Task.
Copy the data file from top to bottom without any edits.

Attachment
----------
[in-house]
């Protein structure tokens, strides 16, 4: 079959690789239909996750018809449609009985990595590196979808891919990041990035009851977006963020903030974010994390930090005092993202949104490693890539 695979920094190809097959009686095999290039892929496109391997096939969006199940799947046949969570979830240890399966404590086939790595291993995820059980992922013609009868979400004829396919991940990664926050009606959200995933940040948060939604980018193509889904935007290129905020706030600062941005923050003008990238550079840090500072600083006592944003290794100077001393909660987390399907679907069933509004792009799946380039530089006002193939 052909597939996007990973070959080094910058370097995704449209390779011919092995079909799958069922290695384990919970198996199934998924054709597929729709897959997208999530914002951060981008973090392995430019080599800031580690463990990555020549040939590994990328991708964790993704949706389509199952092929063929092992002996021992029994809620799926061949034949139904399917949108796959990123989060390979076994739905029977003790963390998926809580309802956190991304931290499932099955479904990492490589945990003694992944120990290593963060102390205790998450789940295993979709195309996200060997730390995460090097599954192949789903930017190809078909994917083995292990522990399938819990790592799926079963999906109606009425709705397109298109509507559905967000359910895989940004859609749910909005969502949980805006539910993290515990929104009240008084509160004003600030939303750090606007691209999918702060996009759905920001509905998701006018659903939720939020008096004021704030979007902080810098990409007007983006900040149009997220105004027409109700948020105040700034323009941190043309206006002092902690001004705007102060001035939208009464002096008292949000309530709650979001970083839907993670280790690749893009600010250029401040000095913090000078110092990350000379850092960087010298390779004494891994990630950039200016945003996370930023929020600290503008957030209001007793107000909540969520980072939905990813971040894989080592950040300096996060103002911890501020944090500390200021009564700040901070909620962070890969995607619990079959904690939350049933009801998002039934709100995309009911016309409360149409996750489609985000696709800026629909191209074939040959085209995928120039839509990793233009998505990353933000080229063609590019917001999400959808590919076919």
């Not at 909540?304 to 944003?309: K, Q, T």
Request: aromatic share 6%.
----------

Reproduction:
[in-house]
């Protein structure tokens, strides 16, 4: 079959690789239909996750018809449609009985990595590196979808891919990041990035009851977006963020903030974010994390930090005092993202949104490693890539 695979920094190809097959009686095999290039892929496109391997096939969006199940799947046949969570979830240890399966404590086939790595291993995820059980992922013609009868979400004829396919991940990664926050009606959200995933940040948060939604980018193509889904935007290129905020706030600062941005923050003008990238550079840090500072600083006592944003290794100077001393909660987390399907679907069933509004792009799946380039530089006002193939 052909597939996007990973070959080094910058370097995704449209390779011919092995079909799958069922290695384990919970198996199934998924054709597929729709897959997208999530914002951060981008973090392995430019080599800031580690463990990555020549040939590994990328991708964790993704949706389509199952092929063929092992002996021992029994809620799926061949034949139904399917949108796959990123989060390979076994739905029977003790963390998926809580309802956190991304931290499932099955479904990492490589945990003694992944120990290593963060102390205790998450789940295993979709195309996200060997730390995460090097599954192949789903930017190809078909994917083995292990522990399938819990790592799926079963999906109606009425709705397109298109509507559905967000359910895989940004859609749910909005969502949980805006539910993290515990929104009240008084509160004003600030939303750090606007691209999918702060996009759905920001509905998701006018659903939720939020008096004021704030979007902080810098990409007007983006900040149009997220105004027409109700948020105040700034323009941190043309206006002092902690001004705007102060001035939208009464002096008292949000309530709650979001970083839907993670280790690749893009600010250029401040000095913090000078110092990350000379850092960087010298390779004494891994990630950039200016945003996370930023929020600290503008957030209001007793107000909540969520980072939905990813971040894989080592950040300096996060103002911890501020944090500390200021009564700040901070909620962070890969995607619990079959904690939350049933009801998002039934709100995309009911016309409360149409996750489609985000696709800026629909191209074939040959085209995928120039839509990793233009998505990353933000080229063609590019917001999400959808590919076919």
């Not at 909540?304 to 944003?309: K, Q, T």
Request: aromatic share 6%.